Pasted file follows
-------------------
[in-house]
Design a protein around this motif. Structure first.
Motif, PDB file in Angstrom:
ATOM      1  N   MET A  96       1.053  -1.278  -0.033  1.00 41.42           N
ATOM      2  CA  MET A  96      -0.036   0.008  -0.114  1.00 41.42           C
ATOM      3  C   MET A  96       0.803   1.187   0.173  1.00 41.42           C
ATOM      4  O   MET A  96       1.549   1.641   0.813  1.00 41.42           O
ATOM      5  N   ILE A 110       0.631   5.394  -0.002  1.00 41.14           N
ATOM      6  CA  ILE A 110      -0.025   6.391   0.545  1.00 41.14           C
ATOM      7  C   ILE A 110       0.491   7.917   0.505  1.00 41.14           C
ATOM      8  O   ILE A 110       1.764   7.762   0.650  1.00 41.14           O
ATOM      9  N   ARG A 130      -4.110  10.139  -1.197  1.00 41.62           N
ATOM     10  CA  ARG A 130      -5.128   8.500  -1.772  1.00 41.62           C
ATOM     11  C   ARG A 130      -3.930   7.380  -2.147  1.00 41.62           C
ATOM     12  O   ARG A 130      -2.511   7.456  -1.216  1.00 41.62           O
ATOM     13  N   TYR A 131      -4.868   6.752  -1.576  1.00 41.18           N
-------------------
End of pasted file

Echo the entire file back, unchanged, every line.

[in-house]
Design a protein around this motif. Structure first.
Motif, PDB file in Angstrom:
ATOM      1  N   MET A  96       1.053  -1.278  -0.033  1.00 41.42           N
ATOM      2  CA  MET A  96      -0.036   0.008  -0.114  1.00 41.42           C
ATOM      3  C   MET A  96       0.803   1.187   0.173  1.00 41.42           C
ATOM      4  O   MET A  96       1.549   1.641   0.813  1.00 41.42           O
ATOM      5  N   ILE A 110       0.631   5.394  -0.002  1.00 41.14           N
ATOM      6  CA  ILE A 110      -0.025   6.391   0.545  1.00 41.14           C
ATOM      7  C   ILE A 110       0.491   7.917   0.505  1.00 41.14           C
ATOM      8  O   ILE A 110       1.764   7.762   0.650  1.00 41.14           O
ATOM      9  N   ARG A 130      -4.110  10.139  -1.197  1.00 41.62           N
ATOM     10  CA  ARG A 130      -5.128   8.500  -1.772  1.00 41.62           C
ATOM     11  C   ARG A 130      -3.930   7.380  -2.147  1.00 41.62           C
ATOM     12  O   ARG A 130      -2.511   7.456  -1.216  1.00 41.62           O
ATOM     13  N   TYR A 131      -4.868   6.752  -1.576  1.00 41.18           N